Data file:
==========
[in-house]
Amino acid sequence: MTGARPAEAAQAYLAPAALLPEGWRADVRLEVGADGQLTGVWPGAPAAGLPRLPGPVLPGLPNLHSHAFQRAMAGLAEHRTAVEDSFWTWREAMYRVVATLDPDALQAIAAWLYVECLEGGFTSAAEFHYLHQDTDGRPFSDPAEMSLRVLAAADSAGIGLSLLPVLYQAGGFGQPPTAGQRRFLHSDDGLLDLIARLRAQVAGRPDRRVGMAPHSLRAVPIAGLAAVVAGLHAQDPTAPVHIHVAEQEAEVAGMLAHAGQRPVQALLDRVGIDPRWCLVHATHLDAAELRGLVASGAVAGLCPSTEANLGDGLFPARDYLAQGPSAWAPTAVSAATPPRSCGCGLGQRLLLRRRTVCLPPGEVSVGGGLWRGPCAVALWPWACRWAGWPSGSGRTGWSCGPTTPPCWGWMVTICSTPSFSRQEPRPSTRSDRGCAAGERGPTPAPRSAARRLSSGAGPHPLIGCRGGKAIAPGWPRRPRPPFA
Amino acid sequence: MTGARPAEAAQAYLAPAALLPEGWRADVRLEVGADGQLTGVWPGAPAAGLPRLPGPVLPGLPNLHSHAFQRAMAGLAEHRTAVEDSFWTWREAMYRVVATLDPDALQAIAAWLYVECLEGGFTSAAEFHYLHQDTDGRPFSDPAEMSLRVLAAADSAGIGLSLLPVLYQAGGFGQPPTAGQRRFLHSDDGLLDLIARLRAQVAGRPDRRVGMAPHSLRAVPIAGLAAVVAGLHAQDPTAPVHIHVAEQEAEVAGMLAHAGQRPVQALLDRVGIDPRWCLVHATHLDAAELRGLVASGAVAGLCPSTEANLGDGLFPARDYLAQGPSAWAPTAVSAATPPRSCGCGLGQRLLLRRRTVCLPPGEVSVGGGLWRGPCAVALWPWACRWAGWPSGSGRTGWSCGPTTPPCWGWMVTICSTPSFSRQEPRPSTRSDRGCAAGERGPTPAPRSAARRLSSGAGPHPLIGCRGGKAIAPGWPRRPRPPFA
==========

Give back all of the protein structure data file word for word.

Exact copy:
[in-house]
Amino acid sequence: MTGARPAEAAQAYLAPAALLPEGWRADVRLEVGADGQLTGVWPGAPAAGLPRLPGPVLPGLPNLHSHAFQRAMAGLAEHRTAVEDSFWTWREAMYRVVATLDPDALQAIAAWLYVECLEGGFTSAAEFHYLHQDTDGRPFSDPAEMSLRVLAAADSAGIGLSLLPVLYQAGGFGQPPTAGQRRFLHSDDGLLDLIARLRAQVAGRPDRRVGMAPHSLRAVPIAGLAAVVAGLHAQDPTAPVHIHVAEQEAEVAGMLAHAGQRPVQALLDRVGIDPRWCLVHATHLDAAELRGLVASGAVAGLCPSTEANLGDGLFPARDYLAQGPSAWAPTAVSAATPPRSCGCGLGQRLLLRRRTVCLPPGEVSVGGGLWRGPCAVALWPWACRWAGWPSGSGRTGWSCGPTTPPCWGWMVTICSTPSFSRQEPRPSTRSDRGCAAGERGPTPAPRSAARRLSSGAGPHPLIGCRGGKAIAPGWPRRPRPPFA
Amino acid sequence: MTGARPAEAAQAYLAPAALLPEGWRADVRLEVGADGQLTGVWPGAPAAGLPRLPGPVLPGLPNLHSHAFQRAMAGLAEHRTAVEDSFWTWREAMYRVVATLDPDALQAIAAWLYVECLEGGFTSAAEFHYLHQDTDGRPFSDPAEMSLRVLAAADSAGIGLSLLPVLYQAGGFGQPPTAGQRRFLHSDDGLLDLIARLRAQVAGRPDRRVGMAPHSLRAVPIAGLAAVVAGLHAQDPTAPVHIHVAEQEAEVAGMLAHAGQRPVQALLDRVGIDPRWCLVHATHLDAAELRGLVASGAVAGLCPSTEANLGDGLFPARDYLAQGPSAWAPTAVSAATPPRSCGCGLGQRLLLRRRTVCLPPGEVSVGGGLWRGPCAVALWPWACRWAGWPSGSGRTGWSCGPTTPPCWGWMVTICSTPSFSRQEPRPSTRSDRGCAAGERGPTPAPRSAARRLSSGAGPHPLIGCRGGKAIAPGWPRRPRPPFA